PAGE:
Here are a few pearls.

On Baseball’s Lasting Cultural Relevance

“Baseball’s one of those old-timey things you don’t need anymore. Like cursive. Or email.”

On The Dramatic Value Of Double-Headers

“The only thing dumber than playing two boring-ass baseball games in one day is putting a two-hour delay between the boring-ass games.”

On Sartorial Tradition

“Is dressing badly just a thing for baseball, because that would explain his jacket.”

On Baseball, In A Nutshell

“Baseball is a f-cked up sport, and I want you to know it.”


Learn more about Charles in the behind-the-scenes video below.

And if you were born before the late ’80s and want to know what the kids think about Baseball, watch Brockmire Wednesdays at 10P on IFC.

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Crown Jules

Amanda Peet FTW on Brockmire

Amanda Peet brings it on Brockmire Wednesday at 10P on IFC.

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GIFS via Giphy

On Brockmire, Jules is the unexpected yin to Jim Brockmire’s yang. Which is saying a lot, because Brockmire’s yang is way out there. Played by Amanda Peet, Jules is hard-drinking, truth-spewing, baseball-loving…everything Brockmire is, and perhaps what he never expected to encounter in another human.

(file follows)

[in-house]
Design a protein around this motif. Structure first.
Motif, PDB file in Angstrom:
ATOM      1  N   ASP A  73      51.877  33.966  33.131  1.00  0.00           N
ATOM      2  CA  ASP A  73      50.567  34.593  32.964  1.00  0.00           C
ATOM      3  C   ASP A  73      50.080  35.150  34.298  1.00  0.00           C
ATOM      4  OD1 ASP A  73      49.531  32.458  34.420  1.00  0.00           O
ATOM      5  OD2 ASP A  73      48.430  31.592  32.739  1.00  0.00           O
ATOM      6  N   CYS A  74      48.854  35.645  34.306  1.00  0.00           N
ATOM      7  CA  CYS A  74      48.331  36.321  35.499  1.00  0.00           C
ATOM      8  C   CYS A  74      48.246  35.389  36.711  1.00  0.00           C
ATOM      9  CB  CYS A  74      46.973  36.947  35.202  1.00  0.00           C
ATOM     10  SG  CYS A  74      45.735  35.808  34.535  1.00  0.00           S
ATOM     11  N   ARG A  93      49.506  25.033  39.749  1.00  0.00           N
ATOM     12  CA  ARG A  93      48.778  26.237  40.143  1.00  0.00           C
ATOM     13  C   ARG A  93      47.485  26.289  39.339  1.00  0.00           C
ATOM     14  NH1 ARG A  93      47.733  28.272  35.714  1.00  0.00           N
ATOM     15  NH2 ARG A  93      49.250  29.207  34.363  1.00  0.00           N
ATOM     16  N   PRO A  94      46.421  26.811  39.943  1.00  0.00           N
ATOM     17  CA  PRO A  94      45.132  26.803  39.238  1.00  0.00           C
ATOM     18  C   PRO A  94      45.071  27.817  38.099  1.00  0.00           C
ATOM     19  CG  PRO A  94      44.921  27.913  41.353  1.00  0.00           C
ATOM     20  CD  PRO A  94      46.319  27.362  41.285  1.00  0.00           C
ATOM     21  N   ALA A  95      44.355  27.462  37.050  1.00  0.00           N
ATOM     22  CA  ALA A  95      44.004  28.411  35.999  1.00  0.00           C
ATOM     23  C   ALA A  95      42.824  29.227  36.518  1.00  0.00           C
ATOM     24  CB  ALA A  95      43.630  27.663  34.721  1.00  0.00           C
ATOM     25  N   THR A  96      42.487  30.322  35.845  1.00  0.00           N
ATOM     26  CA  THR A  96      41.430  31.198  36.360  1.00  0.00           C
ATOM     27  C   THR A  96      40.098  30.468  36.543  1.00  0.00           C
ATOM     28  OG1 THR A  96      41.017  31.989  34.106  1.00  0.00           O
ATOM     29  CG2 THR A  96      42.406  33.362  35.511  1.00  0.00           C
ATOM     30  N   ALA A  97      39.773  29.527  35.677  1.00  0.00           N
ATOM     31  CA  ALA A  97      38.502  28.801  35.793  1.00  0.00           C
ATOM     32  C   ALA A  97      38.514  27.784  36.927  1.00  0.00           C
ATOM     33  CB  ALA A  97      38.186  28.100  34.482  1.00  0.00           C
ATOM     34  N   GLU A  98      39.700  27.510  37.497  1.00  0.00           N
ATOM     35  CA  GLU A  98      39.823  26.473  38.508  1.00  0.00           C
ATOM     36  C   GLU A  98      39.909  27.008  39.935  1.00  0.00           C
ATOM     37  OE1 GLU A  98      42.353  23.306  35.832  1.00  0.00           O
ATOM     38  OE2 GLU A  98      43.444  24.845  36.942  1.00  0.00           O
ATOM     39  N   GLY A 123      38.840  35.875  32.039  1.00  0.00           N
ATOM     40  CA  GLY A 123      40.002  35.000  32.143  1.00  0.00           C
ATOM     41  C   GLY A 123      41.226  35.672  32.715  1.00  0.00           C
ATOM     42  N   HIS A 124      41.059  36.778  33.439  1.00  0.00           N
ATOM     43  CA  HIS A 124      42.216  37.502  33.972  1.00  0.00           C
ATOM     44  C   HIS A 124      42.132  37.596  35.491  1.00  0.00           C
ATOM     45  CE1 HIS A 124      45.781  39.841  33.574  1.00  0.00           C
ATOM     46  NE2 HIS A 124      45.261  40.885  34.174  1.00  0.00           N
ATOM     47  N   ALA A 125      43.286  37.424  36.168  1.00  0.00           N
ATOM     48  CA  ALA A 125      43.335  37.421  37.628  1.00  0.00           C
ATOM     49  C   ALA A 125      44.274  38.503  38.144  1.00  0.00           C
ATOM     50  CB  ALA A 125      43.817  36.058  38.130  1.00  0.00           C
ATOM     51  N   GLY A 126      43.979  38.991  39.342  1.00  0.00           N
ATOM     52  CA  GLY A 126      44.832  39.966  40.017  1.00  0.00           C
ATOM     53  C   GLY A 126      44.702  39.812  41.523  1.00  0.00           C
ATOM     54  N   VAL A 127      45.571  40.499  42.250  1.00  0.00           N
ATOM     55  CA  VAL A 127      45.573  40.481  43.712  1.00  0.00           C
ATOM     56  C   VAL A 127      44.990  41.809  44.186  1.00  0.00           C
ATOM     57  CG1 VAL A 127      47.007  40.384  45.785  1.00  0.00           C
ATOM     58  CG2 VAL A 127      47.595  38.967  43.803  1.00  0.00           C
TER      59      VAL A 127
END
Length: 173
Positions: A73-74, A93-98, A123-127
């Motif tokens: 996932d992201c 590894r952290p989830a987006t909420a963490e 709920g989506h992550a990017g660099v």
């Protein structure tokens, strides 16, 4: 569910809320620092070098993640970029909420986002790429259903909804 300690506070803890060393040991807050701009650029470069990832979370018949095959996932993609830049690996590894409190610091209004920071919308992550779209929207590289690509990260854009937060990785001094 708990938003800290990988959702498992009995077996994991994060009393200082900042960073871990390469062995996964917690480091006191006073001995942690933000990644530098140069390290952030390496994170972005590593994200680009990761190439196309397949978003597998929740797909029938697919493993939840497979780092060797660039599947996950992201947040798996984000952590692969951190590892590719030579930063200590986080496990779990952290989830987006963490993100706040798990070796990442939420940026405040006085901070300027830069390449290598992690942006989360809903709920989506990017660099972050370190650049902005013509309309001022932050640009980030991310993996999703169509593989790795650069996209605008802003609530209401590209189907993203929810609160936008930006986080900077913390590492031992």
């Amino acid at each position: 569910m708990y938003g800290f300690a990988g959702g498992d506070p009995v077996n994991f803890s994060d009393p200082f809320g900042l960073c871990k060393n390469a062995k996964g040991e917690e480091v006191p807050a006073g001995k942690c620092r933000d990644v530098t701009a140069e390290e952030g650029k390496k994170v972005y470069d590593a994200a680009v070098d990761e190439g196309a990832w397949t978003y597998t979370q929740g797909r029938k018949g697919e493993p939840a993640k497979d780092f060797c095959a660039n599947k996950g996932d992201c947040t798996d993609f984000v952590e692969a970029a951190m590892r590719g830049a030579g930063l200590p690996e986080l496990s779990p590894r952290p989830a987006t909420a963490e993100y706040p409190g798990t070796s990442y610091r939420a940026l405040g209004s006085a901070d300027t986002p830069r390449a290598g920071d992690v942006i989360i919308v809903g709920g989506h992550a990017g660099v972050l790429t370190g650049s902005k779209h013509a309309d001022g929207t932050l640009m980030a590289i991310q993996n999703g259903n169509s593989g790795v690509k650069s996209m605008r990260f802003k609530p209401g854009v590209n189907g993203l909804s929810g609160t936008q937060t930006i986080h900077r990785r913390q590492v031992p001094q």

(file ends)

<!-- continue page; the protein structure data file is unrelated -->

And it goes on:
“We’re the same level of functional alcoholic.”


But Jules takes that commonality and transforms it into something special: a new beginning. A new beginning for failing minor league baseball team “The Frackers”, who suddenly about-face into a winning streak; and a new beginning for Brockmire, whose life gets a jumpstart when Jules lures him back to baseball. As for herself, her unexpected connection with Brockmire gives her own life a surprising and much needed goose.

“You’re a Goddamn Disaster and you’re starting To look good to me.”

This palpable dynamic adds depth and complexity to the narrative and pushes the series far beyond expected comedy. See for yourself in this behind-the-scenes video (and brace yourself for a unforgettable description of Brockmire’s genitals)…

Want more about Amanda Peet? She’s all over the place, and has even penned a recent self-reflective piece in the New York Times.

And of course you can watch the Jim-Jules relationship hysterically unfold in new episodes of Brockmire, every Wednesday at 10PM on IFC.